Some say our relations (as a genus Homo) with favorable food plants came with the territory (8). The plants were looking for vectors to spread their seeds, and we could do just that! It was coming from a place of love and admiration for plants- an intense and vivid example of semiosis- that contributed to the very survival of our species.
Hunting and gathering societies have come and gone, and so have civilizations or city-states. What will happen 1000 years from now? What is the future of these plants, especially heirloom cultivars?
Make relations again, call upon gratitude, and bring Life back to your communities. Look for those forgotten plants similar to the package of goosefoot, squash, marsh-elder, and sunflower from my part of this world.
I was born 22 winters ago in the lands of the Lenapehoking (9). My questions are young and on table. However, I have received answers from the beings that hide within that field on top of my hill, and near my seasonal wetland, and high up in my forest of ancient white oaks and sugar maples.
Engage with them as equals just as an aunt may with her nephew, for all of us depend on our elders.
Maximilian is an rewilding visionary and practitioner . He specialises in helping schools to thrive in modern society by deepening nature literacy and incorporating ancestral nutrition into their programs. Check out his platform Lionmanconsulting to learn more.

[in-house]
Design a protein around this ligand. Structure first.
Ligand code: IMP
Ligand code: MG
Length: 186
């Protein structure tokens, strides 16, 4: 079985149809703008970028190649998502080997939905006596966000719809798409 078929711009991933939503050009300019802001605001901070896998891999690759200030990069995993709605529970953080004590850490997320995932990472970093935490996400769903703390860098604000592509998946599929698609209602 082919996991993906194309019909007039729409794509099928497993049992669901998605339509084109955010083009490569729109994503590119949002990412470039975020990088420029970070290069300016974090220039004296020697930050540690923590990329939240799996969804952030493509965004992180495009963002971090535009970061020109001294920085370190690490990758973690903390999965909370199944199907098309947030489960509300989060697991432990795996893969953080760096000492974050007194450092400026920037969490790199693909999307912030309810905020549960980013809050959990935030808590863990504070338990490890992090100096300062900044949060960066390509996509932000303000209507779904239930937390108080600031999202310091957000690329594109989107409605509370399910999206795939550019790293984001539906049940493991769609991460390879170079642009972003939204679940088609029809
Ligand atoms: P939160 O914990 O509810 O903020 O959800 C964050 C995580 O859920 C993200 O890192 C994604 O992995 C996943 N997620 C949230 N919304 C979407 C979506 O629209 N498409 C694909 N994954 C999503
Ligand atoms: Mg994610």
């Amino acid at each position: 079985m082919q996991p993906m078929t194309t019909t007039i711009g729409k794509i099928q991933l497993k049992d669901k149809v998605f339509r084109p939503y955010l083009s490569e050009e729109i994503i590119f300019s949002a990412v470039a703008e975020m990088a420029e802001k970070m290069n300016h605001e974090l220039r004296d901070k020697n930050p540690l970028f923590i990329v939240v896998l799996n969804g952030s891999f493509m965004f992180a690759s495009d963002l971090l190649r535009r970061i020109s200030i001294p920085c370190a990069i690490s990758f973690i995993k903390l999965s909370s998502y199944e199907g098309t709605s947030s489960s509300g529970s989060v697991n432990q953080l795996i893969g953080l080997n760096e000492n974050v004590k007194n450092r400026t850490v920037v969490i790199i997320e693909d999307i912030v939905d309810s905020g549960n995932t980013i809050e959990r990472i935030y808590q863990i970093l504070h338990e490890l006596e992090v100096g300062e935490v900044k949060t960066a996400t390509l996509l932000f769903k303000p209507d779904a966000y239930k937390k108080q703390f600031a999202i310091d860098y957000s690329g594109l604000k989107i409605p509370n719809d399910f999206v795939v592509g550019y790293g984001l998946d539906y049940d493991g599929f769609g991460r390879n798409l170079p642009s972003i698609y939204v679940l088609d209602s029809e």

1. “Why I’m Learning an Indigenous Language.” Arthur Haines, www.arthurhaines.com/blog/2014/6/13/why-im-learning-an-indigenous-language.
2. BRIT – Native American Ethnobotany Database, naeb.brit.org/uses/search/?string=goosefoot.
3. Keegan, William F. “The Optimal Foraging Analysis of Horticultural Production.” American Anthropologist, vol. 88, no. 1, 1986, pp. 92–107., doi:10.1525/aa.1986.88.1.02a00060.
4. Hudson , Neville D. “Nomadic Pastoralism.” Annual Review of Anthropology, 20 Mar. 1980, pp. 15–61.
5. SIMOPOULOS, ARTEMIS P. “ Biol Res 37: 263-277, 2004 ARTICLE Omega-3 Fatty Acids and Antioxidants in Edible Wild Plants.” Biological Research, 2004
6. Smith, Bruce D. “ Eastern North America as an Independent Center of Plant Domestication.” PNAS, 15 Aug. 2016.
7. Smith, Bruce D, and Richard A Yarnell. “Initial Formation of an Indigenous Crop Complex in Eastern North America at 3800 B.P.” PNAS, 21 Feb. 2009.
8. entheotv. YouTube, YouTube, 12 Sept. 2014, www.youtube.com/watch?v=joQDjEQhTdQ.
9. Welcome to Lenape Lifeways Lenapehoking Mag, lenapelifeways.org/map.htm.